Stuck an ice pack (good old Birdseye frozen peas) on knee at home, and hoping it goes away with a couple of days rest. Seems ok today, but will give it until Wed to ‘test’ it on a run.
The route is complete. The final version (mibbe) can be viewed on the Route page. What do you think?
come on. LET’S BE HAVING YOU!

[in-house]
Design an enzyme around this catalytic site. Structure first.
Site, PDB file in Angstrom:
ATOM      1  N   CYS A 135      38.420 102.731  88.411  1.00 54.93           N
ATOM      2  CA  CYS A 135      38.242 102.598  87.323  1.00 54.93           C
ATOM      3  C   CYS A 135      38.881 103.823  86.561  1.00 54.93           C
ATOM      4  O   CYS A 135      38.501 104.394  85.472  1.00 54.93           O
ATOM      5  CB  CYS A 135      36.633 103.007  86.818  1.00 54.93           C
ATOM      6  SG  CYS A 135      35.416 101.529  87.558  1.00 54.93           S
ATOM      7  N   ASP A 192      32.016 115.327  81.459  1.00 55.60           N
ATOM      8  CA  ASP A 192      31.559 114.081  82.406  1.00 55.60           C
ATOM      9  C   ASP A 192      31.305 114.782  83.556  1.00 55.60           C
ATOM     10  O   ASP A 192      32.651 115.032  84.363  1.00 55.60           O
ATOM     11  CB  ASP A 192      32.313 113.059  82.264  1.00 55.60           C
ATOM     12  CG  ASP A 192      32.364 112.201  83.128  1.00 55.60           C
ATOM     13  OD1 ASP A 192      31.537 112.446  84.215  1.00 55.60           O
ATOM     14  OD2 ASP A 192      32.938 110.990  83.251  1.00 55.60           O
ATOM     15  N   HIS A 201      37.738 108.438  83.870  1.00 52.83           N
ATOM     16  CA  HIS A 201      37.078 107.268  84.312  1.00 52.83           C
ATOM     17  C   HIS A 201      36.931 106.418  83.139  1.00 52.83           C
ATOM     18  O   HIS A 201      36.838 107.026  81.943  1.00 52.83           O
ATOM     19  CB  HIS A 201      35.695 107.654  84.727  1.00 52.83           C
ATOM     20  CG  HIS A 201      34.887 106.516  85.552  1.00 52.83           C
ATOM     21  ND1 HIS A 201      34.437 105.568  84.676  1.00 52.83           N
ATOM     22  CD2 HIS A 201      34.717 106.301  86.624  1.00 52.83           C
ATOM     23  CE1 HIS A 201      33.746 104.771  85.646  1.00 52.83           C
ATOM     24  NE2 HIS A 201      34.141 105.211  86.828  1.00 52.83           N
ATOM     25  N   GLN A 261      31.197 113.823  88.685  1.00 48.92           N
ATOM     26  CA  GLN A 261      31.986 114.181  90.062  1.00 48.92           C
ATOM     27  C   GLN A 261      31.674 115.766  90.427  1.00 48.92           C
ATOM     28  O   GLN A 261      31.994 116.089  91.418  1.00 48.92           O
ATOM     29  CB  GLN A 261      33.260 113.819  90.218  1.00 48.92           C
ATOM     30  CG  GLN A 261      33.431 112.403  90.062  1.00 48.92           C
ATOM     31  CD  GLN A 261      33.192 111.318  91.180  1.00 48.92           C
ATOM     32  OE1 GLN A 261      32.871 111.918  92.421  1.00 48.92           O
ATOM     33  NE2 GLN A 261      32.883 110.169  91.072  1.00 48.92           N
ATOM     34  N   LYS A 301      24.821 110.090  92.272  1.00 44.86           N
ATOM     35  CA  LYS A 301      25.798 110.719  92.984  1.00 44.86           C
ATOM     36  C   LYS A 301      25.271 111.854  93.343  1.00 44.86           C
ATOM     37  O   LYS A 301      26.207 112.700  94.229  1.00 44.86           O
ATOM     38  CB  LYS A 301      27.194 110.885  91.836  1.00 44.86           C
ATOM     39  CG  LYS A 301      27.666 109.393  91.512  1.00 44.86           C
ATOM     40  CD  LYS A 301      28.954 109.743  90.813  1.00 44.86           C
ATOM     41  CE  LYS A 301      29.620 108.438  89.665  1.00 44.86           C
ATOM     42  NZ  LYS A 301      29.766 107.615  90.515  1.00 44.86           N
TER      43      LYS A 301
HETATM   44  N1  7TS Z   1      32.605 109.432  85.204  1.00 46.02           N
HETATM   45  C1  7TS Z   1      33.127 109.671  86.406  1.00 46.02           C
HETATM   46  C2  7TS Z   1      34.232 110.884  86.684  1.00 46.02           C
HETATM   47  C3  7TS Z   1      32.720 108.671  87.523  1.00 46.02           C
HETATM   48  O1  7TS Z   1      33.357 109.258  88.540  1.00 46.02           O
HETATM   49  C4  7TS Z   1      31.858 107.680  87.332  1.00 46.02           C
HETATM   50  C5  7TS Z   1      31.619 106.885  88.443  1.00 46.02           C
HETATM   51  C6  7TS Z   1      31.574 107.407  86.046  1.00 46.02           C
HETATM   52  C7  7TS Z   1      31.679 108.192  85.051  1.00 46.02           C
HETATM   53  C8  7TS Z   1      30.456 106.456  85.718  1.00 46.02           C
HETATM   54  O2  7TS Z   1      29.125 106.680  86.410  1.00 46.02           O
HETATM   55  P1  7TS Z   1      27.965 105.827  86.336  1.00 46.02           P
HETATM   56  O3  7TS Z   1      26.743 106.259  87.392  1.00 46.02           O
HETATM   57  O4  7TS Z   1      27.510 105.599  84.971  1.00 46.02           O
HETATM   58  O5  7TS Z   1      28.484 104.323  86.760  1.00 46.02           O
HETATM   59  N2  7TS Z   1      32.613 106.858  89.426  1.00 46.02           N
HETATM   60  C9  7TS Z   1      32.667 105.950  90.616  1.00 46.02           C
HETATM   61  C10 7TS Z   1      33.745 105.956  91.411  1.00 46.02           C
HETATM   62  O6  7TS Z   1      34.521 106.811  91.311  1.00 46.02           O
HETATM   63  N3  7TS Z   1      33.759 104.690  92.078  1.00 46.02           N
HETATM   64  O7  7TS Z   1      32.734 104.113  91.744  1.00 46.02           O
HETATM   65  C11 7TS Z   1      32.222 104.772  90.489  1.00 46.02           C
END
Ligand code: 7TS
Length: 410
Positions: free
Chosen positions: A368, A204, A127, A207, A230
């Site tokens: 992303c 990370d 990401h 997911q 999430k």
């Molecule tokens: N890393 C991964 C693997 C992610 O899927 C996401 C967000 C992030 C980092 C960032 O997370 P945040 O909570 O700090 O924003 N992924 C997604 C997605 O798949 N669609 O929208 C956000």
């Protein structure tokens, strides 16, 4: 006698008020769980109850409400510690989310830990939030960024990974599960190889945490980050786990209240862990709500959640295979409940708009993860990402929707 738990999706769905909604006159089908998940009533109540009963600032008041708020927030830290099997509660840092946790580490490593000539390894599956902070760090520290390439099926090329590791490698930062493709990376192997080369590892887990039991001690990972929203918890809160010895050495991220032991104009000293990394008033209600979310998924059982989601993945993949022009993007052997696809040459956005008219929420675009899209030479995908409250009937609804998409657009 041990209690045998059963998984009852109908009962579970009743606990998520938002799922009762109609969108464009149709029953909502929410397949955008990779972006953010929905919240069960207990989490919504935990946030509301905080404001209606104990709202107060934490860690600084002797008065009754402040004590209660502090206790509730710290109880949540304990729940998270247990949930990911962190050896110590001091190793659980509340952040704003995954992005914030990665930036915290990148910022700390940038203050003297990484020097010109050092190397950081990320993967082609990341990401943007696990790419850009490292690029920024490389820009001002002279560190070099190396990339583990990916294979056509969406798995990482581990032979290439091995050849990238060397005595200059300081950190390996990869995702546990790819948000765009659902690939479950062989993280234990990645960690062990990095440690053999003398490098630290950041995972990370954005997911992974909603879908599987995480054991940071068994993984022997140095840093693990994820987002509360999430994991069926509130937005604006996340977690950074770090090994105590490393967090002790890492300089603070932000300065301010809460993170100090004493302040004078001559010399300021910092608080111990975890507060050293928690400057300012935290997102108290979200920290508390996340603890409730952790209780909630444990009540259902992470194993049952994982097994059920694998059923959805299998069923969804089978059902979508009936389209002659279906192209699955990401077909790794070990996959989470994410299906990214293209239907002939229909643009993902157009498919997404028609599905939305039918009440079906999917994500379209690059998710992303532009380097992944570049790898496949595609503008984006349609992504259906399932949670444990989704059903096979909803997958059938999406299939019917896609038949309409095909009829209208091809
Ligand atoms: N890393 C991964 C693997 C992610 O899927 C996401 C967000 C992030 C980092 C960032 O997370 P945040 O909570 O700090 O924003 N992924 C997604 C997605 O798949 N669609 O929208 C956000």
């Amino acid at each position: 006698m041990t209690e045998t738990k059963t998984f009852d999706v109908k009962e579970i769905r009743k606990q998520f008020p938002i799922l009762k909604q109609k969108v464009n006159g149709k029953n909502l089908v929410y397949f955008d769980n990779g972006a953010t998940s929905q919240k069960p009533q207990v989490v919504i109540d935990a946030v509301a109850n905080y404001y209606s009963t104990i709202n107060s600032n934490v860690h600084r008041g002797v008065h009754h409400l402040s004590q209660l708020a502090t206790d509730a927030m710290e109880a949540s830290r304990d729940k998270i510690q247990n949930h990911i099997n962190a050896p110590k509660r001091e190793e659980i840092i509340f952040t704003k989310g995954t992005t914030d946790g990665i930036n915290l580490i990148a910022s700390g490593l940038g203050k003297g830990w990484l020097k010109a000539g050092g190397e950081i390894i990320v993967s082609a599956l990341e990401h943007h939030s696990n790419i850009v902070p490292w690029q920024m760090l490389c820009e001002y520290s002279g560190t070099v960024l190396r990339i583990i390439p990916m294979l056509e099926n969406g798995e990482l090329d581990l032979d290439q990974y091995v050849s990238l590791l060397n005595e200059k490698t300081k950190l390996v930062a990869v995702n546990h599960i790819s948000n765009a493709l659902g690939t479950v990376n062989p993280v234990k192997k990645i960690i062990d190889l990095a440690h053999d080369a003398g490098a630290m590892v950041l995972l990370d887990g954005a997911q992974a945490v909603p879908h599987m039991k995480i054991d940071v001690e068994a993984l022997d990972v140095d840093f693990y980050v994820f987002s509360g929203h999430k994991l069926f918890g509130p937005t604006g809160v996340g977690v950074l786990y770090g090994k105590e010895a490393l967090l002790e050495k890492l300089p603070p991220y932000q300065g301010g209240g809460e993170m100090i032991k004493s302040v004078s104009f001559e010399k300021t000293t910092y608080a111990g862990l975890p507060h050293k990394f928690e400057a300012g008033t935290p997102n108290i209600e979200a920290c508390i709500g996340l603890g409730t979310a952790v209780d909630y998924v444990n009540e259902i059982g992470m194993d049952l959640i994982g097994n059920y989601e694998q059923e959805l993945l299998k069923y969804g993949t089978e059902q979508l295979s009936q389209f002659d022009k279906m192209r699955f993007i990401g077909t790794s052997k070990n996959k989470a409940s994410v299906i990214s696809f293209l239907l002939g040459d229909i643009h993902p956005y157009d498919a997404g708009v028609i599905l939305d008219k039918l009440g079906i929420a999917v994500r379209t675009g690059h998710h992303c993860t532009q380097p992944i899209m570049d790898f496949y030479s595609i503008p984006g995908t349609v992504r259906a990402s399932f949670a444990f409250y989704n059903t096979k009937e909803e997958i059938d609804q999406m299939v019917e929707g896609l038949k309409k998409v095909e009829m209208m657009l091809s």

Sunday. 12:30 (ish). A full seven-man cycle team ready to go on a cold Scottish afternoon. The LEJOG’s first full group cycle started off with a minor disagreement, quickly settled, over course and group options. This was soon overshadowed by issues with David’s bike (a loan from Mark Snr), as something was not quite right with the steering and brakes. Some head scratching and minor adjustments with a multi-tool, and it was deemed safe for him to continue (with caution) and to take it easy on the downhills. Our first target, the climb up the Crow Road, a route I now have done a couple of times, making tackling the hill a less daunting prospect. We set off with the intention of staggering the climb, so that everyone arrived at the top at roughly the same time to avoid cooling down too much. I ended up solo for the first half of the ascent, but could see Mark M, David and Brian in the distance, a target to slowly work towards, knowing that behind me Sammy, John and Gio would soon have me in their sights. I’ve somewhat improved in my climbing ability, not having to resort to my lowest gear at all, while still turning the pedals comfortably. Upwards I trudged, enjoying the scenery and watching some sort of bird of prey circling overhead, knocking back a few slugs of lucozade on the lesser inclines. About half-way Mark M dropped back to join me, and the two of us chatted away while making steady progress towards the leading pair. As we crested the last rise or so, John and Gio powered up to us, with Sammy not far behind, and a quick pit-stop at the top was the order of the day. I began to roll to a stop, unclipping my shoe and attempted to put down my left foot (my foot of choice in such stopping situations) but hadn’t realised my shoe had re-engaged itself, so gracefully tipped completely over into the snow-covered verge, much to the amusement of my riding team. I was glad it was a soft fall, so neither bike nor me took any damage.